Buildings as a category use more energy than both transportation and manufacturing. We won’t be able to seriously address climate change without making the built environment more efficient. One way is to have people move into denser living arrangements, closer to jobs, transport and services. Current building practices and current zoning laws often get in the way. But there are companies dedicated to finding ways to build more affordable and more sustainable housing. One such company is Plant Prefab.
Based in Rialto, Calif., the company is dedicated to sustainability in its operation and in its designs. It recently became the first prefab builder to pledge to be carbon neutral by 2028. “Climate change is happening quickly,” CEO Steve Glenn says. “We have a shorter period of time to dramatically change the way we build, consume products and operate.”
Plant Prefab spun off from LivingHomes, a sustainable design development company responsible for dozens of award-winning prefabricated homes, including the nation’s first LEED Platinum-certified home.
Recognizing that “affordable” homes can be costly to build, Plant Prefab focuses on design, permitting and construction, which Glenn says are “the three problems to work on to make housing more accessible, to be able to deliver homes more quickly and more cost effectively.”
Glenn acknowledges builders have little control over the permitting aspect. But in the design phase, he says, “We’ve introduced the first marketplace for architecture. We’re democratizing great architecture and making great design more cost accessible.” At Plant Prefab.com home buyers can select from a growing number of homes from architects like Brooks + Scarpa or Kieran Timberlake.
From the construction side, Plant has an offsite manufacturing facility. “We’re a component-based building system; in essence we create our own Legos,” Glenn says. Customers can work with Plant’s own designs or with any architect as long as they design according to Plant’s guidelines.
Offsite On Target
By now it seems like builders and the general public should know what offsite construction is. (Although there are differences, it’s sometimes referred to as modular home building.) But as Sheri Koones, journalist, speaker and author of several books on pre-fabricated construction including Prefabulous World; Prefabulous Small Houses; and Downsize (Taunton Press, Oct. 29, 2019), says, “there isn’t enough information about it. It’s the best kept secret in America.”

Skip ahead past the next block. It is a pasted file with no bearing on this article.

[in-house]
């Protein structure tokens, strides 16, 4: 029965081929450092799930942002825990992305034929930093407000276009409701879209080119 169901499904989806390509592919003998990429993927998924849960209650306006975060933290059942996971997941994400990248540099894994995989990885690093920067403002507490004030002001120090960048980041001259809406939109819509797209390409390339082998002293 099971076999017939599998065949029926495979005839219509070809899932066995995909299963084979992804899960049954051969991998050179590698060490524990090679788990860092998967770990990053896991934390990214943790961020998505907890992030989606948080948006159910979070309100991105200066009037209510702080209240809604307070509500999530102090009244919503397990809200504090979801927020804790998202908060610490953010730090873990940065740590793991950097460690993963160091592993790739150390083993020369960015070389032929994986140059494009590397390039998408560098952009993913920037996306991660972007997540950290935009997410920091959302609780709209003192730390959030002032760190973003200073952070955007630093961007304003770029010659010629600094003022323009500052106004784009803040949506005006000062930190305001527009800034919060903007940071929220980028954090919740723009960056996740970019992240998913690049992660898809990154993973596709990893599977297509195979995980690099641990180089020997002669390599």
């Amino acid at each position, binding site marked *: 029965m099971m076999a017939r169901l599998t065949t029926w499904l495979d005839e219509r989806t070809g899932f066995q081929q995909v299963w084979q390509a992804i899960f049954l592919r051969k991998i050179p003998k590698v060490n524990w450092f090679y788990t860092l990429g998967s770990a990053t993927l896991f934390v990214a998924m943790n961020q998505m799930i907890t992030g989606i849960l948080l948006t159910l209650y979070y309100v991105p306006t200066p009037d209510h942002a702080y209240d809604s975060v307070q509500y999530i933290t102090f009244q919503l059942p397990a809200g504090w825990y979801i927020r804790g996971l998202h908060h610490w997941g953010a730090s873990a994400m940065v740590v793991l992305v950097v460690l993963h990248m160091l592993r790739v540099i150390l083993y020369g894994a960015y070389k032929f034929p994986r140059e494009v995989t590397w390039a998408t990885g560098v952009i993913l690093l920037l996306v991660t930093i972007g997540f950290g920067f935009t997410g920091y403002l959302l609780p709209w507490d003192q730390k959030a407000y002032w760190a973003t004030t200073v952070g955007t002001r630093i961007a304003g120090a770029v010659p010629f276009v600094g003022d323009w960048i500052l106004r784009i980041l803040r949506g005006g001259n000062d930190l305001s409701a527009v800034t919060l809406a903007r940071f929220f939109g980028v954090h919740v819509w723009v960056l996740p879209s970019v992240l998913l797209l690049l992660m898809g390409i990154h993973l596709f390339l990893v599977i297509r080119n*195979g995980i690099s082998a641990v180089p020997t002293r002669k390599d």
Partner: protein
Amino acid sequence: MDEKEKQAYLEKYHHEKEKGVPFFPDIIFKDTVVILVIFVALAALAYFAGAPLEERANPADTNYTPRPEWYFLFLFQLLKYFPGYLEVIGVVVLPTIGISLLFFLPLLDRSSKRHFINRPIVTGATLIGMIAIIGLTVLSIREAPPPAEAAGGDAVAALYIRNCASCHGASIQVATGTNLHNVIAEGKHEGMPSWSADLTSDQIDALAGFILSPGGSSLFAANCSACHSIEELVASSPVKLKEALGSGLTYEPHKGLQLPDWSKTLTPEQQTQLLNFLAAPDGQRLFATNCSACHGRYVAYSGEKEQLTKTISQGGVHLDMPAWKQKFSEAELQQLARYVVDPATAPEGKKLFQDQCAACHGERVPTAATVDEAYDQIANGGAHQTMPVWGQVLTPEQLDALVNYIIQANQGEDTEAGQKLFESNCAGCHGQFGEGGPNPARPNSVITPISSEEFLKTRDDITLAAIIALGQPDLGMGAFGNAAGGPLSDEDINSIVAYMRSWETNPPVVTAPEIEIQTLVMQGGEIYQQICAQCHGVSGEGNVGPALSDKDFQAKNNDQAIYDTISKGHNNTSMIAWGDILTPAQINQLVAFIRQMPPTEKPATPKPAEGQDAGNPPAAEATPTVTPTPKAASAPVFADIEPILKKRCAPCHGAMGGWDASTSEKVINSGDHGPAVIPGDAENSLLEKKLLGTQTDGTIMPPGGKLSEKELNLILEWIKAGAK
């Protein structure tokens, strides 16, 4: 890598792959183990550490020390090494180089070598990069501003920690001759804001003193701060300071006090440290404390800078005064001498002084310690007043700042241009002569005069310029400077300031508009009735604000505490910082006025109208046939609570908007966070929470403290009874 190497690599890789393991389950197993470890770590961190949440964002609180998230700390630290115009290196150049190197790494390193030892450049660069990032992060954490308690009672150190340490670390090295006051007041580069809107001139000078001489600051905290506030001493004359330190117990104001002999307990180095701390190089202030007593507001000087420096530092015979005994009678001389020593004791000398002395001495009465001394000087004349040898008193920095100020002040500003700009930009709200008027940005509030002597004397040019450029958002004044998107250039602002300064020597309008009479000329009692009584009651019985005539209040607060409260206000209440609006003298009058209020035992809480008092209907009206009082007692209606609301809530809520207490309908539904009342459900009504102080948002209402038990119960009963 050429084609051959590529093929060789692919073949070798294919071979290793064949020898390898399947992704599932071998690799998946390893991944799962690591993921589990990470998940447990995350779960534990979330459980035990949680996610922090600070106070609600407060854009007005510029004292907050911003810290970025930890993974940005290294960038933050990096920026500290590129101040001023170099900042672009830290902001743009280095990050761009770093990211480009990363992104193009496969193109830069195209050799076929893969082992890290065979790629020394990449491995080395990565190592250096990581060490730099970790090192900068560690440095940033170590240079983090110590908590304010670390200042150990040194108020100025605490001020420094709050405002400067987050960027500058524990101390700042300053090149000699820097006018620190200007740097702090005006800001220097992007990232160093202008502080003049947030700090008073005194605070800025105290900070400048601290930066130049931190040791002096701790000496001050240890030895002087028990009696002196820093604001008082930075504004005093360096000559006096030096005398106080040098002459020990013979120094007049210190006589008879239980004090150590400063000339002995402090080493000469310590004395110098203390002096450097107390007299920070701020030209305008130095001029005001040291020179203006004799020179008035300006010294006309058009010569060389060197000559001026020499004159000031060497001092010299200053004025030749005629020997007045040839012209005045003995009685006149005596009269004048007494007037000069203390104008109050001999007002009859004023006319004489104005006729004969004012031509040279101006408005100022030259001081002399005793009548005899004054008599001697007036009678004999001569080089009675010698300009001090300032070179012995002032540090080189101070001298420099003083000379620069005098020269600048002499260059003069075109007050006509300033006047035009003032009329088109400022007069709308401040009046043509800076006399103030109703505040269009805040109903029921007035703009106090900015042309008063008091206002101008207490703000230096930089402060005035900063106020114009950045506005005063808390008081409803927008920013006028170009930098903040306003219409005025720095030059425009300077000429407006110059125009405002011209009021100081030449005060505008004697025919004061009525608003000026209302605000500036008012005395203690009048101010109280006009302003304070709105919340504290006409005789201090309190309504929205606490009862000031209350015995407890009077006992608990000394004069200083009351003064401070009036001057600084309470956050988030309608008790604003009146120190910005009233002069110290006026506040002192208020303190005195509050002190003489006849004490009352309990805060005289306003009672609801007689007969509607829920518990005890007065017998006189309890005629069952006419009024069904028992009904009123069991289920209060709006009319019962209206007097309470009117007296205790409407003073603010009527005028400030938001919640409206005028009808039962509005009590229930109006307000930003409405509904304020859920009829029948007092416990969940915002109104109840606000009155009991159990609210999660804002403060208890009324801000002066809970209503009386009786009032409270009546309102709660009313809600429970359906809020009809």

But Koones points out that benefits can include lower cost because of economies of scale, less material waste, and lower labor costs because both production and build take less time. This can be especially true in markets where labor costs for traditional stick-built homes are high.
Offsite home construction is much more common in Europe. In Denmark and Sweden it can account for 90 percent of new home construction. Even after a century, yes it’s been around that long, in the United States, the idea of building a home off site can bring to mind something in a trailer park sitting above the ground and not attached to anything.
Plant is changing that through its architectural designs as well as its commitment to sustainability and durability. Home components — which arrive on site 90 percent completed and take a day to assemble — are built to strict standards in a stable environment. “The drywall we spec has the highest recycled content of anything available,” Glenn says. “Our paints and stains are no-VOCs. It’s not an option to use anything else; this is the way we build. When you get a home we build, it’s going to be more sustainable and healthy regardless of whether you care about that.”
States More Accommodating
As a business model, the use of offsite production is growing most quickly in the small, multi-family market — duplexes, quads, triplexes. This is the way builders and developers are going to help in the drive toward greater sustainability and affordability.
Case in point is Plant Prefab’s new Nest LivingHome toolkit, a scalable, multifamily housing solution designed in partnership with Brooks + Scarpa. This is Plant’s first multi-family system — a “kit-of-parts” adaptable for a variety of different urban lot conditions and housing program needs. The concept, according to a company press release, “is grounded in the belief that housing for the homeless should be scattered throughout regions, rather than having housing concentrated in one community. [A] main goal was to give unsheltered citizens a sense of dignity and shared social spaces on underutilized parcels of land.” The Community Corporation of Santa Monica is currently securing land for the project.
Glenn notes that earlier this year, Minnesota moved to eliminate single-family home zoning in the entire city. Builders will be able to build homes for more people on a single lot. It will mean smaller units and great density, but that’s what’s needed for smart growth that can lead to healthier living and a more sustainable future. (Final approval of the Minnesota bill will occur at the end of October 2019.) Other states are proposing legislation, too.